How far back into history does the first stormwater management system go? Our civilization has been implementing systems using low-impact development principles for hundreds of years. With some of these original techniques still in use today,1 one can wonder how there’s any room for new technologies in the industry.
Like any other industry, stormwater management professionals are constantly striving to be more accurate, more efficient, more resilient to entropy. When new technology emerges, it goes through a vetting process to ensure that it’s appropriate for filling whatever role it’s trying to fill. At AQUALIS, we keep our ears to the ground to stay educated on any new products and technology trends.
This can be quite beneficial to you, the person who’s ultimately responsible for stormwater compliance. For instance, you may need to put up straw wattles around storm drains in a parking lot to temporarily protect the storm drain system from getting construction runoff. If we find a qualified product that is more sustainable, just as effective, and less expensive, we’ll implement it and pass the savings onto you.
Functionally Equivalent to T.A.P.E.
Across the many territories where our clients depend on us, there are different protocols for accepting new stormwater technology. Washington State's Technology Assessment Protocol- Ecology (TAPE) program approves emerging stormwater devices to keep pace with this rapidly evolving industry. TAPE certification requires testing and approval by an external board--but not every technology. If deemed "functionally equivalent," some control measures can be implemented without going through the program.
To be approved for use without TAPE certification, the Stormwater Control Measure (SCM) must be designated as functionally equivalent. Each SCM that avoids the TAPE process is paired with an already approved, existing technology. For example, TAPE-approved BMP C233 represents a silt fence, BMP C235 are straw wattles, and alternative options for each type can be found through Ecology in the lists of equivalent devices.
Here are a few examples of the 29 devices (and counting) granted an exemption from the TAPE process. Keep in mind that we don’t necessarily endorse these items; we are simply providing examples of the types of technologies coming down the pipeline:
Are you looking for a sustainable alternative for building a retaining wall? Created by American Erosion Control, LLC, the Erosion Eel is marked as functionally equivalent to BMP C235: Straw Wattles. The construction scenario highlighted above is therefore highly relevant to this product. It can be used in place of rock check dams, silt fences, compost socks, and wattles. Filled with recycled tires, the Erosion Eel is self-weighted and doesn't require staking at most sites. Ecology's formal letter of approval for the device explains how it should be used.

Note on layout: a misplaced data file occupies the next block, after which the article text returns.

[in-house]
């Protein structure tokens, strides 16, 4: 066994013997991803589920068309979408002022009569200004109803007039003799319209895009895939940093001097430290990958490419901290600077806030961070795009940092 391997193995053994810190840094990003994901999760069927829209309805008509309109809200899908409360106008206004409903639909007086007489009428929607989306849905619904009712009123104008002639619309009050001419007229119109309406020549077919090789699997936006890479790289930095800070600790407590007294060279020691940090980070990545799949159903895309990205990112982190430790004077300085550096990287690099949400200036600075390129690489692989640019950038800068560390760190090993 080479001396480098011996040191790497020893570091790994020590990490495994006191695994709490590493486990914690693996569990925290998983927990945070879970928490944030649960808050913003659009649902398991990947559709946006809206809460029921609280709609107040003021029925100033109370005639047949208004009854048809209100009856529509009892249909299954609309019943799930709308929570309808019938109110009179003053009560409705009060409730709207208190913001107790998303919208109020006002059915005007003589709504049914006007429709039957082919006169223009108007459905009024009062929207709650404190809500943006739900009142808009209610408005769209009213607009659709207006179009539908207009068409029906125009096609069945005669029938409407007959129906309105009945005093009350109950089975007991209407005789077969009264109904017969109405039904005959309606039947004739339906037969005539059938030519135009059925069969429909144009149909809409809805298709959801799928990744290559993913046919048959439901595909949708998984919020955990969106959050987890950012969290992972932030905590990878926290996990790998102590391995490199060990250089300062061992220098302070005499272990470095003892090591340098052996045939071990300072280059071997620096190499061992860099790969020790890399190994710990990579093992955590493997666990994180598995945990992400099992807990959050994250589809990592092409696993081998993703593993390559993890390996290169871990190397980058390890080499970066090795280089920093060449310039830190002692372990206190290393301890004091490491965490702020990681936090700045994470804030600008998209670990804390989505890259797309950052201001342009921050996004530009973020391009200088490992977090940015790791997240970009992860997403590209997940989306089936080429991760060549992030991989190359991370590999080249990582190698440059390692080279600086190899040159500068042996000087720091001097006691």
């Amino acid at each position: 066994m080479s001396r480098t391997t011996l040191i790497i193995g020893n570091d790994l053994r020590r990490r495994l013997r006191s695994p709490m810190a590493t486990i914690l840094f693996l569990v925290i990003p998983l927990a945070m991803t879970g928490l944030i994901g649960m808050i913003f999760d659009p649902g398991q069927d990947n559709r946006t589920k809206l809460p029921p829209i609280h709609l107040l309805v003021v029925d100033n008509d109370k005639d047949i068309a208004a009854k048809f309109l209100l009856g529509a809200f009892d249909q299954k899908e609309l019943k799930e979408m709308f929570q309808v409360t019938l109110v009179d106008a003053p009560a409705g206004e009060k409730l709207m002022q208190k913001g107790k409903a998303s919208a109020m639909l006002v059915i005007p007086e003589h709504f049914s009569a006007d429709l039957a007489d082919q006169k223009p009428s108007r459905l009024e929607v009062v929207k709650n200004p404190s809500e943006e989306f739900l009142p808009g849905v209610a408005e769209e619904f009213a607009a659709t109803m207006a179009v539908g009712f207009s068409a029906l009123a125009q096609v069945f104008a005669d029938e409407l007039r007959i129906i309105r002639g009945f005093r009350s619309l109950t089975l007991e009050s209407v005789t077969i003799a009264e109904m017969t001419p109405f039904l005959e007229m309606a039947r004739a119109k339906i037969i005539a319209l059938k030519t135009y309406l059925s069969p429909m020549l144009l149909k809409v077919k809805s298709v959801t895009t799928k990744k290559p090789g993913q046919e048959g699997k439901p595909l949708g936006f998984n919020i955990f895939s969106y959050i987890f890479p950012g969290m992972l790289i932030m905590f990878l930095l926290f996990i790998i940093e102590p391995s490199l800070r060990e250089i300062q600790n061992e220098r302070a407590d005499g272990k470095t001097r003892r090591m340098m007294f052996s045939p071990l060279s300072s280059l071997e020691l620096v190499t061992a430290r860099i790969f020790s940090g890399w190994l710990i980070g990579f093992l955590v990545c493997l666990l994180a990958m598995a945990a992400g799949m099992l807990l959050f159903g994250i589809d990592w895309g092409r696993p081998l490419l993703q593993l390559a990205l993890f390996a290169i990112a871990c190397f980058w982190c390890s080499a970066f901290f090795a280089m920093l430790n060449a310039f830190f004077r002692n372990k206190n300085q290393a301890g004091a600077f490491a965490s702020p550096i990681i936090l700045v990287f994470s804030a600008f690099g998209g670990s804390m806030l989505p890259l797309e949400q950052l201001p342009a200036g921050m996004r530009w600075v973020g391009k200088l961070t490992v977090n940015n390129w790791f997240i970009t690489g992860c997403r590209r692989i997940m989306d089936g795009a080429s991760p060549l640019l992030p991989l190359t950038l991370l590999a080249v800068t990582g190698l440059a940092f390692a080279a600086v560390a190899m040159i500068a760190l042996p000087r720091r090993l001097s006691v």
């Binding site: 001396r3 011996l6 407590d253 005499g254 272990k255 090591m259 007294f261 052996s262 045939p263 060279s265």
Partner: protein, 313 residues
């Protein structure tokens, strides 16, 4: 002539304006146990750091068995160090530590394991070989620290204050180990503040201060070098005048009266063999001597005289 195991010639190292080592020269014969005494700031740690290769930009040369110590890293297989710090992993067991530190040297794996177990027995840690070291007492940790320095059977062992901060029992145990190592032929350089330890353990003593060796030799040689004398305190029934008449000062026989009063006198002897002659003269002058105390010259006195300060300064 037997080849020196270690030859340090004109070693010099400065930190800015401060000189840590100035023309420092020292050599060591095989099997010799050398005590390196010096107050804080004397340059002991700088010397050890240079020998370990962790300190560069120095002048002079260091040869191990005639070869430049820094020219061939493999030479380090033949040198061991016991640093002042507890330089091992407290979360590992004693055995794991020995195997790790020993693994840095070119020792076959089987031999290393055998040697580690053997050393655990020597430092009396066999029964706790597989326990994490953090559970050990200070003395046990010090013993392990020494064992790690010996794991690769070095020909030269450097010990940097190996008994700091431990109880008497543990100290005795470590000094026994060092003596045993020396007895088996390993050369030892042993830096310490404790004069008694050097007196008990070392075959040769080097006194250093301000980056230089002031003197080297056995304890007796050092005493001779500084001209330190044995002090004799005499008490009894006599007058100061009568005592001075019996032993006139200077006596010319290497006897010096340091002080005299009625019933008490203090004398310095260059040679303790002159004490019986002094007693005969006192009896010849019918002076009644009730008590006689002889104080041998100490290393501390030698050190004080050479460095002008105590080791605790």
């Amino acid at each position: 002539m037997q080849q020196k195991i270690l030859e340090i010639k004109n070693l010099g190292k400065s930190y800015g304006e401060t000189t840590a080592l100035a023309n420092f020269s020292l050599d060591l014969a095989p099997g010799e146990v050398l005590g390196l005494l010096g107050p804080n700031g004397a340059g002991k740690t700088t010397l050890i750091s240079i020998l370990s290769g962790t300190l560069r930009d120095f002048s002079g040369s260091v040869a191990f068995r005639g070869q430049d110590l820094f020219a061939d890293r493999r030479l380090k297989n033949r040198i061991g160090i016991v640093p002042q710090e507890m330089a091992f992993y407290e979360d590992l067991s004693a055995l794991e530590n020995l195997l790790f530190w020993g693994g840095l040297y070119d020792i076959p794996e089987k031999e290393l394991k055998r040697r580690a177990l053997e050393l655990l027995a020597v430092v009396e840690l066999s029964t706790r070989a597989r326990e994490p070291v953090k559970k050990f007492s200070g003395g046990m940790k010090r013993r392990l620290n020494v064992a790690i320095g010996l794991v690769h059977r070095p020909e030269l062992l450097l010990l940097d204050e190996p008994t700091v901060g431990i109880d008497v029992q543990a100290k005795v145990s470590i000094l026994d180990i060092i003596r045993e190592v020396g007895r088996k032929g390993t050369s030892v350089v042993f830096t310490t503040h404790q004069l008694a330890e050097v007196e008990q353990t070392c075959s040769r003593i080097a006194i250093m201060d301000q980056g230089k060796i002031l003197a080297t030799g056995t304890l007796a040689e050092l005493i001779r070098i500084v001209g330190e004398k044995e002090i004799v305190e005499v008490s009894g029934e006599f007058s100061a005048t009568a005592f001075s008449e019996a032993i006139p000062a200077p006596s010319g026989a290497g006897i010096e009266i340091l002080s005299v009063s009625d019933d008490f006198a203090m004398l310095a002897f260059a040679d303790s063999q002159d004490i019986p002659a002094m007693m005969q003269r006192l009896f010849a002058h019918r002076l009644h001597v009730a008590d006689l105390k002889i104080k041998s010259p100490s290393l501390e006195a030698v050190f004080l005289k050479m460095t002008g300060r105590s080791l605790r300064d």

Produced by a company of the same name, Muscle Wall acts as a flood control measure. If there was news of an oncoming hurricane (stay safe, North Carolina) and your business has a history of flooding, this BMP might help keep you dry. The functionally equivalent BMP is C233: Silt Fences, and they are pre-approved for any of the wall sizes (up to eight feet). Use these for flood control, coastal erosion, and containment as well as stormwater management.
GeoCurve Inlet Filter
We spend an awful lot of time repairing curb inlets and catch basins, because nothing on earth is immune to erosion and catch basins are on the front line. Often, you’ll see filters placed into the opening to catch trash and, sometimes, even chemicals. The GeoCurve consists of a wire frame and filter media in a lengthy “C” shape. It’s touted as an easy-to-install (or replace) equivalent to BMP C220 Storm Drain Inlet Protection.
More important than whether a SCM is TAPE-approved or rated as functionally equivalent is if it is the best fit for your site. These are just examples of emerging stormwater technologies functionally equivalent to TAPE, which has approved dozens of devices in each of its qualifying categories. If you'd like to learn more, or have questions about implementing emerging technology in your own state, don't hesitate to reach out to us!
1: Wu C., Enlightenment from ancient Chinese urban and rural stormwater management practices. 2013,
Water Sci Technol. 2013;67(7):1474-80. doi: 10.2166/wst.2013.006. https://www.ncbi.nlm.nih.gov/pubmed/23552234